By Charumini de Silva
In the run-up to forging a ‘high level of relationship’ with the International Monetary Fund (IMF), a new surveillance programme will be discussed with the multilateral donor agency in order to support long-term economic activities of the country.
“With the successful completion of the US$ 2.5 billion Standby Arrangement (SBA) facility, we are now looking at a high-level of relationship with Sri Lanka,” IMF Resident Representative Koshy Mathai said.
He made these remarks at a press conference held at the Central Bank yesterday.
“We would like to extend our support to Sri Lanka on ways of improving revenues, state enterprises, and maintaining deficits and inflation at lower levels. However, we are still in the preliminary stage of discussions on the next programme with Sri Lanka and it will be further discussed during the next mission towards the latter part of this year. Hence, it is very hard to predict the design of the next programme,” he noted.
“Authorities could use the next programme to support any of their long term goals. Thus, the government will have space for other changes such as improving revenue administration and state enterprises,” Mathai said.
He said, “It is observable that there is an unavoidable harm for the economic activities due to the exchange rate volatility. The exchange rates have hurt all parties in the economy, but the decisive policies implemented by the authorities will benefit the economy in the long term encouraging the exporters. With a flexible exchange rate regime, monetary policy can increasingly focus on inflation control to achieve broader macroeconomic stability, while allowing the exchange rate to act as a buffer for external shocks. The exchange rate will be adjusted and in the long term it will help create job opportunities and welfare over time.”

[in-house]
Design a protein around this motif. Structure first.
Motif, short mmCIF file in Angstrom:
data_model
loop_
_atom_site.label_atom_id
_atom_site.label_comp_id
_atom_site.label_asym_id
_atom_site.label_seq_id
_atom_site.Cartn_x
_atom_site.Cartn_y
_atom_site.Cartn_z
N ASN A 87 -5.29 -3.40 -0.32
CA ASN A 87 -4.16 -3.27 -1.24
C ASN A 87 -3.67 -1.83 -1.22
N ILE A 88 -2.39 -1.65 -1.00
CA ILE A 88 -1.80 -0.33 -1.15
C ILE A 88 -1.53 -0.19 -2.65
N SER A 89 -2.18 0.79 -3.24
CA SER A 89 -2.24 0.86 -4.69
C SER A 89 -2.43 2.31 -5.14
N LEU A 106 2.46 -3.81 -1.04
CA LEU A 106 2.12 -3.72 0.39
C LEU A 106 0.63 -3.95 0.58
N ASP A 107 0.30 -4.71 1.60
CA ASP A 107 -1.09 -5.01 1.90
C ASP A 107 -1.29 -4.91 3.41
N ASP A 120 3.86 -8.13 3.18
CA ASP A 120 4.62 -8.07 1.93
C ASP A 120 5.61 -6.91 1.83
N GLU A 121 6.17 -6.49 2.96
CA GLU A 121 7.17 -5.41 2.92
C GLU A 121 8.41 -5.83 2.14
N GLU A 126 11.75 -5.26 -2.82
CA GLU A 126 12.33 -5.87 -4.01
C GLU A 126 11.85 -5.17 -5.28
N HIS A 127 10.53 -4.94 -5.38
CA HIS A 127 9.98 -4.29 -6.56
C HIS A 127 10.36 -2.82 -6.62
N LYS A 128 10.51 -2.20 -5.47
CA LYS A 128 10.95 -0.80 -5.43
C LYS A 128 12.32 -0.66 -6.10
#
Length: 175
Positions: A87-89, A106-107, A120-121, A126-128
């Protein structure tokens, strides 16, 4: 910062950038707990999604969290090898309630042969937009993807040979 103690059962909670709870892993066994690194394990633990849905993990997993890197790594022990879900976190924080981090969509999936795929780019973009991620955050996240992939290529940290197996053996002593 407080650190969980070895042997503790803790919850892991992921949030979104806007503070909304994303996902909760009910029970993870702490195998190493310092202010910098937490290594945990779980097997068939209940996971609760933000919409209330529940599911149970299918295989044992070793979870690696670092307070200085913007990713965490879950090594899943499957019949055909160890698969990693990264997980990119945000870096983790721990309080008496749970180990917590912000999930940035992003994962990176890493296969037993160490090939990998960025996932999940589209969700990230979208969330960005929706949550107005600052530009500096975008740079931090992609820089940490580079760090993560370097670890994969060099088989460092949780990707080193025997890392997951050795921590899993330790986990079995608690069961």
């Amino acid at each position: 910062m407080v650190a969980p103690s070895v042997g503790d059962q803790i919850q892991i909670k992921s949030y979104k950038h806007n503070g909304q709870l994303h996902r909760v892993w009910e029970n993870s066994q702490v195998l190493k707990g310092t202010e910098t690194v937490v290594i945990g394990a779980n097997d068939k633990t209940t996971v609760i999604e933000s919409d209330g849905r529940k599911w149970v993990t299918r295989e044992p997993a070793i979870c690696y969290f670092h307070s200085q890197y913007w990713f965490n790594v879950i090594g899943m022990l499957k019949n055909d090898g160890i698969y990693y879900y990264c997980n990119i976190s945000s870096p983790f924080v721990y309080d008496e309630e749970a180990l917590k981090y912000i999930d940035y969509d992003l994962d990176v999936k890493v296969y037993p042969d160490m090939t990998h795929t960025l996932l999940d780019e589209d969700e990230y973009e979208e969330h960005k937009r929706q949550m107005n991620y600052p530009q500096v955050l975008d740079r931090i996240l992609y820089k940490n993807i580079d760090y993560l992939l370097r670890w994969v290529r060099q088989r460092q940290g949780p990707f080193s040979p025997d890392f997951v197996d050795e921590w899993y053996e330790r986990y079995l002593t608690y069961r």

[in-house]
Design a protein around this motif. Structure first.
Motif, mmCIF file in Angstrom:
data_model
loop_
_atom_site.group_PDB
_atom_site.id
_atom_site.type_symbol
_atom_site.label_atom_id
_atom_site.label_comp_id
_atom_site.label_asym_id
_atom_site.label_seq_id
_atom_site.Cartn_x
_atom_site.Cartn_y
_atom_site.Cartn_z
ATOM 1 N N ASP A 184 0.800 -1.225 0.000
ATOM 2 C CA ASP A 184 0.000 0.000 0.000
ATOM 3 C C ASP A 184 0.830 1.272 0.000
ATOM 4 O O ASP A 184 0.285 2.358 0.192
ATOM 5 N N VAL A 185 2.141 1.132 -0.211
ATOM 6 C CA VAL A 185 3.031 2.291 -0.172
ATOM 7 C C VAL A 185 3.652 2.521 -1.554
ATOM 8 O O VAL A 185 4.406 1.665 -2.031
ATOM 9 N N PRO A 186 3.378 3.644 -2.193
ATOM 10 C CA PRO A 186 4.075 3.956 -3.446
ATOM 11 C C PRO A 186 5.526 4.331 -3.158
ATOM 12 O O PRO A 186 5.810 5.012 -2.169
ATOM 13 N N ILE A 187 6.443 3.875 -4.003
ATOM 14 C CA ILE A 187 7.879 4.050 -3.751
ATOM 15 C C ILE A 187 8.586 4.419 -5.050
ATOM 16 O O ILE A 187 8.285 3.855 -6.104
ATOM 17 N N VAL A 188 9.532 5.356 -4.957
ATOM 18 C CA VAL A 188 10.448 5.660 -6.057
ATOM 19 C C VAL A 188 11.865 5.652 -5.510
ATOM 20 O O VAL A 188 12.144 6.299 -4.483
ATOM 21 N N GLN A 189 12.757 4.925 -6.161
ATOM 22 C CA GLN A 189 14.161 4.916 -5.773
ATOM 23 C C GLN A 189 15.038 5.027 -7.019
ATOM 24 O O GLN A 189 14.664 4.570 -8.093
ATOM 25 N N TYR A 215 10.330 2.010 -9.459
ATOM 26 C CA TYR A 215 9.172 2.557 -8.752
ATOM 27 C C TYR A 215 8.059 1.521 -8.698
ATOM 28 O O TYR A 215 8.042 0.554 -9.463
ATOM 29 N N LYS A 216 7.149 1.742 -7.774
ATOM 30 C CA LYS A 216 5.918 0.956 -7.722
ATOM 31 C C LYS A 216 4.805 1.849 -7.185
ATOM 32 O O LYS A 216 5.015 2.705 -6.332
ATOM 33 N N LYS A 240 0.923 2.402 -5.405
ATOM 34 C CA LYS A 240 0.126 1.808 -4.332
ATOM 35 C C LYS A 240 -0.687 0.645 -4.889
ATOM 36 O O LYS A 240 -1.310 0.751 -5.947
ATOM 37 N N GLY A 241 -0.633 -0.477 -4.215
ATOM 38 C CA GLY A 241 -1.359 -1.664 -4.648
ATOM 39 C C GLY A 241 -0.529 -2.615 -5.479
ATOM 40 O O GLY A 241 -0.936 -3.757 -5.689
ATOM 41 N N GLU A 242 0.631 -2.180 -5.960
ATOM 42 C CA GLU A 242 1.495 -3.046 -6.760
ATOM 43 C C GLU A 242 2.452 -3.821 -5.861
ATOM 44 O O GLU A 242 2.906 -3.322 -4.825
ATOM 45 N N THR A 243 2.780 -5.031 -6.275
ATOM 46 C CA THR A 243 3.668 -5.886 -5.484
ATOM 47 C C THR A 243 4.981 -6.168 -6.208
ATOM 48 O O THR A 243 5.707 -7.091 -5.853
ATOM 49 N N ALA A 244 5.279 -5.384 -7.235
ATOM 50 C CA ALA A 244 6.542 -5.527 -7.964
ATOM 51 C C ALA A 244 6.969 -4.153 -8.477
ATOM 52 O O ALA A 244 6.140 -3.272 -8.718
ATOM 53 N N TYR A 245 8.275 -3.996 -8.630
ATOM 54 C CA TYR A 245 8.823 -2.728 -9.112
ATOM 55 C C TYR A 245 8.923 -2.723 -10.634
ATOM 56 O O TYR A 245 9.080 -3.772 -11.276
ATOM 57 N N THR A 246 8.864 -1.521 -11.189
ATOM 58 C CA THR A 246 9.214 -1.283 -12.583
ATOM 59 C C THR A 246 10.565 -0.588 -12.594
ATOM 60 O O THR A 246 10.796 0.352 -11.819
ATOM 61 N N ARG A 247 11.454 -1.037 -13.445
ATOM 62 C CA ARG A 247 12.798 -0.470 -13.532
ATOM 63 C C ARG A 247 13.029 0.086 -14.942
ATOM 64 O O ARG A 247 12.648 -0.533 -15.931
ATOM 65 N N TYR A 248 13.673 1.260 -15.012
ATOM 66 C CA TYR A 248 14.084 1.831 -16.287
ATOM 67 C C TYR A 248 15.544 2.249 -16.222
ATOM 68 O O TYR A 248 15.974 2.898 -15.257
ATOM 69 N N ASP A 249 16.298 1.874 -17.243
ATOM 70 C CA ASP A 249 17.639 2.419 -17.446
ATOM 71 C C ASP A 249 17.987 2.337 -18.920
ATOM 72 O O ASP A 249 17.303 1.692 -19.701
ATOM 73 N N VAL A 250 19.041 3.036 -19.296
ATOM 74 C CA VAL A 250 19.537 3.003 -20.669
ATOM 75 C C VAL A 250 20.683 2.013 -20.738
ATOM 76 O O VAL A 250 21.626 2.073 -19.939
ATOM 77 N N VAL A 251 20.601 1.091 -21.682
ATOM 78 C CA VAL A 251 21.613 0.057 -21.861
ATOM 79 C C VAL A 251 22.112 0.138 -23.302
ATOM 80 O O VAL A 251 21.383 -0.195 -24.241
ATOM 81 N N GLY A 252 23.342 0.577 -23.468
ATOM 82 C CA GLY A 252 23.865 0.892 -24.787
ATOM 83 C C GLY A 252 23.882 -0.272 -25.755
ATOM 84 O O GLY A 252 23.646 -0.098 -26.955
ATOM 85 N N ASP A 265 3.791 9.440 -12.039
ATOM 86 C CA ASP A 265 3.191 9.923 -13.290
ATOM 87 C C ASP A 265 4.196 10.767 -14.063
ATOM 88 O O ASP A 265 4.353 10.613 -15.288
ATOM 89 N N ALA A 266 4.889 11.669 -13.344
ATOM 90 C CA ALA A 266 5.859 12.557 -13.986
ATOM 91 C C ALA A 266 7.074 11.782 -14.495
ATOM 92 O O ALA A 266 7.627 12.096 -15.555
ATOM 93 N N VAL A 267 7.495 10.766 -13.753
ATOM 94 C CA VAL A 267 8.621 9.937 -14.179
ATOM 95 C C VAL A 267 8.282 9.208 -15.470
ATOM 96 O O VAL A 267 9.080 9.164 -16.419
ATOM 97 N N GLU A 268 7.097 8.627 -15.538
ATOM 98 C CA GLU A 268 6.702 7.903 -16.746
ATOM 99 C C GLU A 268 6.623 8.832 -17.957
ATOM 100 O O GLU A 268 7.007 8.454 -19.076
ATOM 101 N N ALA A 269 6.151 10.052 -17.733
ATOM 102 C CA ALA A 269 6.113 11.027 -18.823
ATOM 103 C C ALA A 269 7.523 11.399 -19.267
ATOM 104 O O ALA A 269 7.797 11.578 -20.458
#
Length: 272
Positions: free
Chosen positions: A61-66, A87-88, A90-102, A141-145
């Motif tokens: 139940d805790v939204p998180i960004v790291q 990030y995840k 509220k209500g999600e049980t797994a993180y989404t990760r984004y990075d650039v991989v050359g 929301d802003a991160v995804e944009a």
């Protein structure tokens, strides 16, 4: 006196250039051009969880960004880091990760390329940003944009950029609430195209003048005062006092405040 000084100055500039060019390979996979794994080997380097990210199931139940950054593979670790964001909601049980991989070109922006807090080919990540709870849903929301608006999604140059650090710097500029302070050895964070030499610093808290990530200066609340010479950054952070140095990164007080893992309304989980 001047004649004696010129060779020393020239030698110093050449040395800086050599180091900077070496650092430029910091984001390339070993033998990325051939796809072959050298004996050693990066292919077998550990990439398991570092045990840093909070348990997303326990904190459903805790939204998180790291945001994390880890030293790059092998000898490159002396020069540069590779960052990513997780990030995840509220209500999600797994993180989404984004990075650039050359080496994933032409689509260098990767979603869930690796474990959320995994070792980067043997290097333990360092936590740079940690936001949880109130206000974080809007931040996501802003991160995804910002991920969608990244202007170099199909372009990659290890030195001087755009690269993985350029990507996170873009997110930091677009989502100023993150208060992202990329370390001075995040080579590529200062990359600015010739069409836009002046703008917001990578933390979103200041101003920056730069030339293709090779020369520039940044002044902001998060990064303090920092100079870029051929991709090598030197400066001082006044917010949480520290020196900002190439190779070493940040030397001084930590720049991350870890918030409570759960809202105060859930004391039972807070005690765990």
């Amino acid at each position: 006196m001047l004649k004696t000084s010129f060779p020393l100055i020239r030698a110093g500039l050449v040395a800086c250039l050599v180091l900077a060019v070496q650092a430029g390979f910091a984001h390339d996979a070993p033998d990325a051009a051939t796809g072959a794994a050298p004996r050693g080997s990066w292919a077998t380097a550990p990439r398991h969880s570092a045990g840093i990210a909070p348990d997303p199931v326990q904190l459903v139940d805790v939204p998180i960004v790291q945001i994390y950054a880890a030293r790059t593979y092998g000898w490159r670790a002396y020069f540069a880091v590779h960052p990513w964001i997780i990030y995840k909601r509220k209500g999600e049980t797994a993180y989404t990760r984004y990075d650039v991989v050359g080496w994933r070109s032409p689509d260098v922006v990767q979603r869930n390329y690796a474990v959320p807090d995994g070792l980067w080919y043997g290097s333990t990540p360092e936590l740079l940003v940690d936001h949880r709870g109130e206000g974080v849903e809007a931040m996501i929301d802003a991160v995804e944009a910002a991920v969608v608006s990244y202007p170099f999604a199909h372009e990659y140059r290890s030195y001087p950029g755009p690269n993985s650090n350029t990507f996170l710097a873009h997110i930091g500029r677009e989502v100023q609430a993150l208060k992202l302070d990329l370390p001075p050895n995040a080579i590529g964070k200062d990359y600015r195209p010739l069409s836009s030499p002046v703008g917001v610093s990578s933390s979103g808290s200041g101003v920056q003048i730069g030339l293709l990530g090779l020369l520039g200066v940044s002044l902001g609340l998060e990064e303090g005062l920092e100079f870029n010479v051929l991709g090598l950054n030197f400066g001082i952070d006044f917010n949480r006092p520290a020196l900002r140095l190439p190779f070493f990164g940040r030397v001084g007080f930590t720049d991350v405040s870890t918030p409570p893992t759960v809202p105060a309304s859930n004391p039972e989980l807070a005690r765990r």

The Foreign Direct Investments (FDIs) in Sri Lanka was very low in the previous year(2010) such as US$ 500 million and last year(2011) it has increased to US$ 1 billion. This year we expect it to be at around US$ 1.5 billion. Sri Lanka has seen a remarkable progress in the country’s economy after the government wiped out the LTTE in May 2009 and ended the three-decade conflict. These achievements are manifestations of peace dividends across the country.
Sri Lanka successfully completed a US$ 2.5 billion bailout programme on Friday (20), the first time an IMF deal was completed. Sri Lanka continues macroeconomic stabilization and structural reform efforts, in particular maintaining exchange rate flexibility while building international reserves, given the uncertain global outlook.
“Headline inflation has increased, but core inflation remains relatively stable, while tighter monetary and credit policies have begun slowing credit and import growth. The external current account deficit is narrowing, and international reserves have stabilized,” he noted.
The global lender agreed Sri Lanka’s current monetary policy stance is appropriate, and stressed that ‘monetary conditions should remain firm in the near term given the high inflation and possible second-round effects.’